Teofilo Barbari sits at the piano, and closes his eyes, and his fingers touch the keys.
He will have already written the first two parts when he notices that the metronome has stopped, tilted to the right, where it is impossible for a metronome to stop. He will be working on the third sequence, trying to overlay it against the base tempo, trying to assemble the complex phases and patterns, trying to weave them in and out, building parallels and counterpoints, modulating and shifting. For a few moments or an infinity — because there will have been no way of telling them apart — he will be utterly absorbed. And then he will see that the metronome is utterly still. He will stare at it, his fingers suddenly immobile over the keys. He will realise, as universes die unmourned, that it is, in fact, not quite still; that it is moving in its course, just a thousand times slower than it should. Outside, the pigeons hang in the Venice air. Outside, the voices of the tourists have slowed to subsonic grumbles that echo in the earth, or what passes for earth in this mad city of water and stone. Inside, Teofilo will weep with joy and terror and relief. He will have conquered time, and he will be its lover and its father and its keeper and its slave.
Teofilo is forty-nine years old and he wrote his last masterpiece when he was twenty-seven. He has been trying for almost half his life to recapture moments of genius that his youth vouchsafed him, only for his middle age to snatch away the patterns that wove inside his head, the intricate structures of tone and pitch and harmony. He was feted, once, and now he is forgotten. He has come to Venice because of the rhythm of the tides, and because Venice is dying, and because if he does not find what he has lost, he will die too. He will dwindle and fade and die, known for the brilliant flare of his youth, forgotten for the tedious overhang of the rest of his life. What happened to Teofili Barbari, someone will ask, and someone else will shrug, and it will not matter because there are always other geniuses, somewhere, now and then and forever.
Outside a chrome-lined café just along from the Guggenheim, Teofilo will sit, nervously fumbling the cigarette, holding the coffee-cup between trembling fingers, trying to make sense of what will have happened. Time. All his life, the flow of time has fascinated him, absorbed him. The subtle intricacies of perception have consumed him. Rhythm and tempo; he has created new patterns, new structures, by layering musical sequences, offsetting this one just so, diminishing this one just so, harmonising this one just so. His early works — Structure For Eight Musicians, Quavering Bridges To Breve, Light Fields In Harmony — were wondrous things, unlike anything that had ever been heard before. They transported their audiences. They dazzled and deceived and delighted. They were conundra, penumbra, tundra. They were new worlds; no, new universes…
But they were never enough. They were magnificent beyond measure and they were not even pale shadows of the wonder that he could see in the landscape of his imagination. It was that, perhaps, that led to his decline. His dissatisfaction with his own genius drove away the flatterers, the hagiographers. But it doesn’t matter, not now. Not now he’s closer than he ever was before. Not now he can weave his music into time itself; weave time itself into his music.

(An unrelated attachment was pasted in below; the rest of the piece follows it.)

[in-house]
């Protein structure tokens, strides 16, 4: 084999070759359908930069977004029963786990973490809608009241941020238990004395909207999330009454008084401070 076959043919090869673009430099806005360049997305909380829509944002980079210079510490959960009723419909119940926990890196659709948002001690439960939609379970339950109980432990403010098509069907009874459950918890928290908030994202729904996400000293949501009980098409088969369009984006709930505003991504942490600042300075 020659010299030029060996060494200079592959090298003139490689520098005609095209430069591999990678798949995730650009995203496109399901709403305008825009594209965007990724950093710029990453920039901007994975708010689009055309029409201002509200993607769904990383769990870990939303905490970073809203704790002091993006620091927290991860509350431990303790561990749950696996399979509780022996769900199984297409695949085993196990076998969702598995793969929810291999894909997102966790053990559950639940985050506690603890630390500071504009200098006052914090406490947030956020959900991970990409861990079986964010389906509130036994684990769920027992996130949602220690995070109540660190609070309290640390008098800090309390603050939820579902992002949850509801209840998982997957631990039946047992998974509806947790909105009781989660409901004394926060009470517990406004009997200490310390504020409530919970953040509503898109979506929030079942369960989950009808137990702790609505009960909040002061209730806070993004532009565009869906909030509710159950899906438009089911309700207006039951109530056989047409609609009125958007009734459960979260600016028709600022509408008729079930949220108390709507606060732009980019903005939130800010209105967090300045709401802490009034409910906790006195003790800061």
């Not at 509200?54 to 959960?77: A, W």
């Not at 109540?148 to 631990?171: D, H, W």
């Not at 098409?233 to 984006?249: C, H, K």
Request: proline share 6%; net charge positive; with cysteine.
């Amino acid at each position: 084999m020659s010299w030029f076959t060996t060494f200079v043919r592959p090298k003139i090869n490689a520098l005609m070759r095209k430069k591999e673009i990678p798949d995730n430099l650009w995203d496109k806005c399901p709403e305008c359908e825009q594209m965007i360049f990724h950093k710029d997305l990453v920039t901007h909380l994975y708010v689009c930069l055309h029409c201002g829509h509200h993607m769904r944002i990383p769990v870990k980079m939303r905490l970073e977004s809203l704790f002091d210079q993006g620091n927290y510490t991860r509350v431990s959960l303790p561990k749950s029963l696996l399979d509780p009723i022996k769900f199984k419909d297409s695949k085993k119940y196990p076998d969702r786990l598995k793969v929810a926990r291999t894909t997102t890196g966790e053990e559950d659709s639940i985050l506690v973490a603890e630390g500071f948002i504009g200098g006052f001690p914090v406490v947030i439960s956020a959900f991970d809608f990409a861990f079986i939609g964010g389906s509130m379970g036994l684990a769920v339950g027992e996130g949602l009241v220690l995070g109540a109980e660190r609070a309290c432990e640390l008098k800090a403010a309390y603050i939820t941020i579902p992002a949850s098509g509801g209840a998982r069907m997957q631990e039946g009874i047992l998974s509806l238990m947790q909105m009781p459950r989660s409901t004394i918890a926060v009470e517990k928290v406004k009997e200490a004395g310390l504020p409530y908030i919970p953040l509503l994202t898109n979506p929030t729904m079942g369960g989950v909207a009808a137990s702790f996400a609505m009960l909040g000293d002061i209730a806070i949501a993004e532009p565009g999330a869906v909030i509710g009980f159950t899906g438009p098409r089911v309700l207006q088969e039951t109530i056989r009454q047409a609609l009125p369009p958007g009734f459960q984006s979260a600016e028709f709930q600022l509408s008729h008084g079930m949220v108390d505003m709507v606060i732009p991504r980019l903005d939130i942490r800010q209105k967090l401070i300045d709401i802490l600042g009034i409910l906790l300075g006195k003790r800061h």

He drains the coffee-cup and stubs out the cigarette, and will leave the café, and has gone back to his studio. Traghetti weave among the vaporetti as quavers between semi-breves. Tourists absorb the vistas of the Canale Grande, condensing centuries into minutes. Water laps against stone. It is stone that was laid down when the stars were unrecognisable. It is the same water that has lapped here for millennia. It is eating the heart of Venice, drowning it despite every effort to the contrary, eroding the city into decayed memories that will last for the blink of an eye and the age of the Universe.
He will sit at the piano, and he has been staring at the metronome, and in his mind there is no longer any past and there is no longer any future. There are moments of creation and destruction, as infinitesimal particles vanish with a sigh of new-born photons, and there are the vast fields of the universe where dark energy grazes its way through galaxies. There is light and there is darkness, and they are terrible and they are wonderful. And there are pulses of rhythm. There is sound. The universe will be having spoken to him. All of it, all at once. He just has to filter out everything it’s saying, tease out each strand, each overlaid message.
That’s all he has to do. Deconstruct the Universe.
And if he gets it right, if he has done this, then Venice will be preserved for ever, everything will be preserved forever, and at the same time the Universe will rush headlong to its destruction, and time will begin and time will end and time will run forwards and backwards like sand in a spinning hourglass. All of this will have happened, and none of it, depending on what message he teases out of the rhythm of the atoms and the galaxies, out of heartbeats and death rattles and wingbeats and footsteps. All time will be laid bare and he will listen to the music of the spheres and he will experience wonder and magic and beauty and terrible loss and all the things everyone experiences all the time. Everything will have changed, and nothing will change, and everything is and always will be and never was.
Teofilo Barbari sits at the piano, and closes his eyes, and his fingers touch the keys. He begins to play.
Brian Dolton‘s fiction has been published at more than a dozen on-line and print venues.
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